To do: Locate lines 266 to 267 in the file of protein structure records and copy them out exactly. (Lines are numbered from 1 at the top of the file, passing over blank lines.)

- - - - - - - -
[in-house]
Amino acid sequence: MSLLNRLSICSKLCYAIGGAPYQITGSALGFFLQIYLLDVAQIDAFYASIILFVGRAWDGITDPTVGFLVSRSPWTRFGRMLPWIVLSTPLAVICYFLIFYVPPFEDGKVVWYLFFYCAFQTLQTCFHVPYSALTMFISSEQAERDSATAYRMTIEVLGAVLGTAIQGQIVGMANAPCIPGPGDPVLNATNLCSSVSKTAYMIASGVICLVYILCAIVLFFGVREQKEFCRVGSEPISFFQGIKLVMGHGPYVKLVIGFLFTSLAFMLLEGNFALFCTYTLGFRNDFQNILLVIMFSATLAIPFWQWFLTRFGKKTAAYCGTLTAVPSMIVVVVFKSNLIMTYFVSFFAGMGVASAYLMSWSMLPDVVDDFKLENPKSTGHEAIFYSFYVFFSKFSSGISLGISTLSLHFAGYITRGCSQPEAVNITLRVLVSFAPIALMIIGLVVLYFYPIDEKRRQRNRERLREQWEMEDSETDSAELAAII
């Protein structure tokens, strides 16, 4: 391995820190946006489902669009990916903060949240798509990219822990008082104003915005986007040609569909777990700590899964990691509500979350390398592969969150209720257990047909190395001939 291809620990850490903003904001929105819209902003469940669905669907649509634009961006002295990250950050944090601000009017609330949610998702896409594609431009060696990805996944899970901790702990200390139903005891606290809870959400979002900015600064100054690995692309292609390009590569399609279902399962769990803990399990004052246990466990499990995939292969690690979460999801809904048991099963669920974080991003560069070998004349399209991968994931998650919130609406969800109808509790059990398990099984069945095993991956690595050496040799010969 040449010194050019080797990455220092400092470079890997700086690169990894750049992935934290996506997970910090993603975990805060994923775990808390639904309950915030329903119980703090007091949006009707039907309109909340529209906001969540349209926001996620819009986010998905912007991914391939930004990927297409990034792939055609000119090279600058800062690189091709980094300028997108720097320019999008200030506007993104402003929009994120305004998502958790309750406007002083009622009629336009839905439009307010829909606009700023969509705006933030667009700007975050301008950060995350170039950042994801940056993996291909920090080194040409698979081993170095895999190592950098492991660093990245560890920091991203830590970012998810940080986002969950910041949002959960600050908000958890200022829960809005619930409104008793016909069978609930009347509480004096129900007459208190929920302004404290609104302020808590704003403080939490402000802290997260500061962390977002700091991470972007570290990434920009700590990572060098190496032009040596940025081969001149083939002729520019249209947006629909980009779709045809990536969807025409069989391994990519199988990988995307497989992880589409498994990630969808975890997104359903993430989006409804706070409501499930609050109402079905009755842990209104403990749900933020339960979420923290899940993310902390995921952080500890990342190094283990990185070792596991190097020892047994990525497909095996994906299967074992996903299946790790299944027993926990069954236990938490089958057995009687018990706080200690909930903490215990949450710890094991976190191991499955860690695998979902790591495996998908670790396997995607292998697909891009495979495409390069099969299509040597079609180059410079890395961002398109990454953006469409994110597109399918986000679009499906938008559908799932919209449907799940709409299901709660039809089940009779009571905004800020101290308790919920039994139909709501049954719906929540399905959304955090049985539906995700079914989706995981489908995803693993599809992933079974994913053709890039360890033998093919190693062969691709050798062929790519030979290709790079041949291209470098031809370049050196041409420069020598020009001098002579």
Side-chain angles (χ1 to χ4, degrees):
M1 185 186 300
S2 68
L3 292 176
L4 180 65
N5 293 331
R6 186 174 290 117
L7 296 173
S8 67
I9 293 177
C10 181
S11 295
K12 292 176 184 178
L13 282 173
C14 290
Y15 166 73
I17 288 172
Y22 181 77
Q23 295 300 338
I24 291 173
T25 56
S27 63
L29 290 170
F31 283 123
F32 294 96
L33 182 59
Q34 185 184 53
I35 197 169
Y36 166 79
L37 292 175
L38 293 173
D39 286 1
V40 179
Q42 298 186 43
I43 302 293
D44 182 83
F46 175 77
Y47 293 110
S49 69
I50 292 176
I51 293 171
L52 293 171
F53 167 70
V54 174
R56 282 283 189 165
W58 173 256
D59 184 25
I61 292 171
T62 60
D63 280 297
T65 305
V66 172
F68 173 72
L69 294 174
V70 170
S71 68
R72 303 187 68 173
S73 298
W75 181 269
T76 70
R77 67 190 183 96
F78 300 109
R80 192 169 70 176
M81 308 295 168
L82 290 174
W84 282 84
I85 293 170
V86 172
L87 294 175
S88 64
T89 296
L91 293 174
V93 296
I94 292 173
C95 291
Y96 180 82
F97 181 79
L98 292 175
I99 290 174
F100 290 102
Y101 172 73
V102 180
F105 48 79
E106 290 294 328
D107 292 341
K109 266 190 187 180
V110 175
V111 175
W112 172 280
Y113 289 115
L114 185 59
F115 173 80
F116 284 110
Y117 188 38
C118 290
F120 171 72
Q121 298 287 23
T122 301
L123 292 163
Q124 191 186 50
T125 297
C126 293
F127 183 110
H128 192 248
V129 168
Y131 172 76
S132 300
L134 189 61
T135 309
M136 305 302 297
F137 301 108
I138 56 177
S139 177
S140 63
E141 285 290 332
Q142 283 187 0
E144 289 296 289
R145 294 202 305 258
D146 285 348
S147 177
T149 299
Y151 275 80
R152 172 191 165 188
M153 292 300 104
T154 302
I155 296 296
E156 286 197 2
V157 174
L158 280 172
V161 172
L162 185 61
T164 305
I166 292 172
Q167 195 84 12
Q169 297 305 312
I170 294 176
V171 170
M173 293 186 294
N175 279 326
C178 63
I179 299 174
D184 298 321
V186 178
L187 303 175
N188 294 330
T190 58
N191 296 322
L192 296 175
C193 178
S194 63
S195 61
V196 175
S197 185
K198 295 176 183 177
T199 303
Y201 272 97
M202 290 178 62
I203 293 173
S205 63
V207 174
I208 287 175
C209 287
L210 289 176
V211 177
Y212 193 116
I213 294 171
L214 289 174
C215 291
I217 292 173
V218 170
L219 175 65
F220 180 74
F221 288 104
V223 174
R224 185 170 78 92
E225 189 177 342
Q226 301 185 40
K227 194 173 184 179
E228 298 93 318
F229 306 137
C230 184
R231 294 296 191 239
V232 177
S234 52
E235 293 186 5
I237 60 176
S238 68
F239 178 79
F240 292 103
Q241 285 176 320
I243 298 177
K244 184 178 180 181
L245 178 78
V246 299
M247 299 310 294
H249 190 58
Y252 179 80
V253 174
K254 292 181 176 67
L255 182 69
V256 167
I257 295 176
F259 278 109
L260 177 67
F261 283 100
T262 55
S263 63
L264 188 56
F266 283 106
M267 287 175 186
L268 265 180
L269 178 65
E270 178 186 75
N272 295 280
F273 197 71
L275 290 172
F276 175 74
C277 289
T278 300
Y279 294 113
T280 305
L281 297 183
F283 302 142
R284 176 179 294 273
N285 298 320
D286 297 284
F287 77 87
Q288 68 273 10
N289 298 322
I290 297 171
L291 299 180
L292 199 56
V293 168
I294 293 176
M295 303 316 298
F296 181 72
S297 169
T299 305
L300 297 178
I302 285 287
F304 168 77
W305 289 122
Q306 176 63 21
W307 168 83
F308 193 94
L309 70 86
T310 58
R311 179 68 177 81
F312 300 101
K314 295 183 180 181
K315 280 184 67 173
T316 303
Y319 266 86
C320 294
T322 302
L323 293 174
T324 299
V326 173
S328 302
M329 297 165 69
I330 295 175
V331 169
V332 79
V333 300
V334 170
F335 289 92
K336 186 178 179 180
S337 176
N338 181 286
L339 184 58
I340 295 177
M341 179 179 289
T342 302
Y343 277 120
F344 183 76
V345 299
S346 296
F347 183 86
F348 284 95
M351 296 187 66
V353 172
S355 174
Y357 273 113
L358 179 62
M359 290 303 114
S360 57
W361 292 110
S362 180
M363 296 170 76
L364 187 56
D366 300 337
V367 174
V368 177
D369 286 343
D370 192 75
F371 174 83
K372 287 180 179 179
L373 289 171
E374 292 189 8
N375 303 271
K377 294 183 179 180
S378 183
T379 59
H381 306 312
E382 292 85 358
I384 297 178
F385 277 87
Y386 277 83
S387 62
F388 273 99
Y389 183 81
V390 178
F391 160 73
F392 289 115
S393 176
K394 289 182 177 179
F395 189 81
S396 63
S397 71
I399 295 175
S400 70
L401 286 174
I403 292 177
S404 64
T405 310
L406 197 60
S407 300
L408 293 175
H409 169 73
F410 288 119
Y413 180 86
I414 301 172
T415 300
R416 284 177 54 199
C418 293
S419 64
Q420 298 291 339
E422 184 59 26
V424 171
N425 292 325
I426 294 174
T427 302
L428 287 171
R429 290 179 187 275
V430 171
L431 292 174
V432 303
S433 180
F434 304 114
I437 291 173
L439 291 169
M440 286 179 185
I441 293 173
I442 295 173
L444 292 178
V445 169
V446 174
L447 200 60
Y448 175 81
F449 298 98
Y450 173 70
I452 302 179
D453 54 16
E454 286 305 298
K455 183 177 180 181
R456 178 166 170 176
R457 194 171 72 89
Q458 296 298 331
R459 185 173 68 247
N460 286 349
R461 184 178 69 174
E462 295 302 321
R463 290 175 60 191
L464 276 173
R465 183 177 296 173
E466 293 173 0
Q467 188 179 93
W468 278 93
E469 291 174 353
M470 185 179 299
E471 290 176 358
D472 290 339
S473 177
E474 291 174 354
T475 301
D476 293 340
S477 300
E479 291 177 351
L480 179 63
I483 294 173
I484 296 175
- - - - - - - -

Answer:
V332 79
V333 300